A man in Berkeley, Calif., got fed up with his copies of the Wall Street Journal intermittently disappearing from his doorstep. According to Berkeleyside, nearly two weeks ago, Berkeley businessman and local photographer Richard Nagler posted a note to the thief, very politely asking whoever it was to just return the papers by 10 a.m. or so, in good condition, with no coffee stains. The note went viral, and actually caught the attention of WSJ.
Berkeleyside reports that, upon finding out what was happening, WSJ just couldn’t resist joining the fun. None other than WSJ’s editor-in-chief, Gerard Baker, decided to post his own notes outside on Nagler’s Skylight and Sun store. The notes were written both in the same spirit, and the same tone, that Nagler used in his note to the newspaper thief. It said:
To our subscriber, Richard, who has had his Wall Street journal taken so many times over the years:
We recently caught wind of your decade-long struggle with someone routinely appropriating your Wall Street Journal. We do understand this person’s desire for in-depth analysis, news coverage, and award-winning journalism – but that’s no excuse for taking your newspaper.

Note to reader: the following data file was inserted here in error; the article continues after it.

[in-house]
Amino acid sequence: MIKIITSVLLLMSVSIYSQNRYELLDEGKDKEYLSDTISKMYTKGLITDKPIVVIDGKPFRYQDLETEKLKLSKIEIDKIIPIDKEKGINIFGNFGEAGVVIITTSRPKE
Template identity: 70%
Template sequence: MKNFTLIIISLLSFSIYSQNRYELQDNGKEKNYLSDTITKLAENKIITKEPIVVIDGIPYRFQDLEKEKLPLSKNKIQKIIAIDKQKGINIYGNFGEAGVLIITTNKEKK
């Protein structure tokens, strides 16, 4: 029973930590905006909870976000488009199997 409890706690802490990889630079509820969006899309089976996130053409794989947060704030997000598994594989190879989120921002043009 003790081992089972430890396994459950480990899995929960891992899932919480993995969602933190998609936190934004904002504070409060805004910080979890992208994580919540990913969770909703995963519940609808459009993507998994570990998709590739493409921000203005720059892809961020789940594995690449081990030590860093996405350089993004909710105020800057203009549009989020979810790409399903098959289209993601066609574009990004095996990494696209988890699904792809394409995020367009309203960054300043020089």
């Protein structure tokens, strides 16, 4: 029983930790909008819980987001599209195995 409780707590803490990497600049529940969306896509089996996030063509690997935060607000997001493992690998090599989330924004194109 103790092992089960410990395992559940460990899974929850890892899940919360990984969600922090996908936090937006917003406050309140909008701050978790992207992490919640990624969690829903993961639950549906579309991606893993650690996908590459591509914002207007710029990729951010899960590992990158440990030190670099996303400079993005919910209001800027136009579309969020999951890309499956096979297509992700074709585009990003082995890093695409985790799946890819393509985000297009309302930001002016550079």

So here’s the deal:
Obviously The Wall Street Journal is important to your life and we feel terrible that we can’t give back all those past issues that were taken.
To make up for your loss we are giving you a complimentary iPad with the WSJ app. With it you’ll always be able to read The Journal, even if your print newspaper starts to ‘disappear’ again.
We appreciate you making time to read The Journal, and we remain committed to providing you with the high-quality journalism you expect from us.
We’ll try to help with those investment tips as well.
That’s absolutely adorable. However, Nagler was less than enthused. He told Berkeleyside:
Those right-wing saboteurs not only defaced my valuable property, they are trying to set me up with a confrontation with the IRS. They know I’ll have to report the iPad and subscription as a gift and pay tax. They’re trying to win me over to their side. I smell Rupert Murdoch behind all this.
And that is hilarious. What’s even more hilarious is the fact that Nagler isn’t as hardline as that statement makes him appear. He also said that, if WSJ had offered him a laptop or a desktop computer, he would definitely consider switching from MSNBC over to Fox News.
WSJ also left a note for the thief. It offered them a 12-week subscription for $12, which is the same deal they offer all new subscribers. The major difference, though? The thief gets their own, special URL to use for signing up: wsj.com/subscribedontsteal. No doubt WSJ thinks they’re being cute, and they’re probably right.
It’s not known how much of an effect these notes had on the thief. However, Nagler’s papers haven’t disappeared since he posted his original note. They also haven’t taken Nagler up on his offer yet, but it’s kind of hard to do so when they’ve stopped stealing the papers, at least for now.
Featured image via Berkeleyside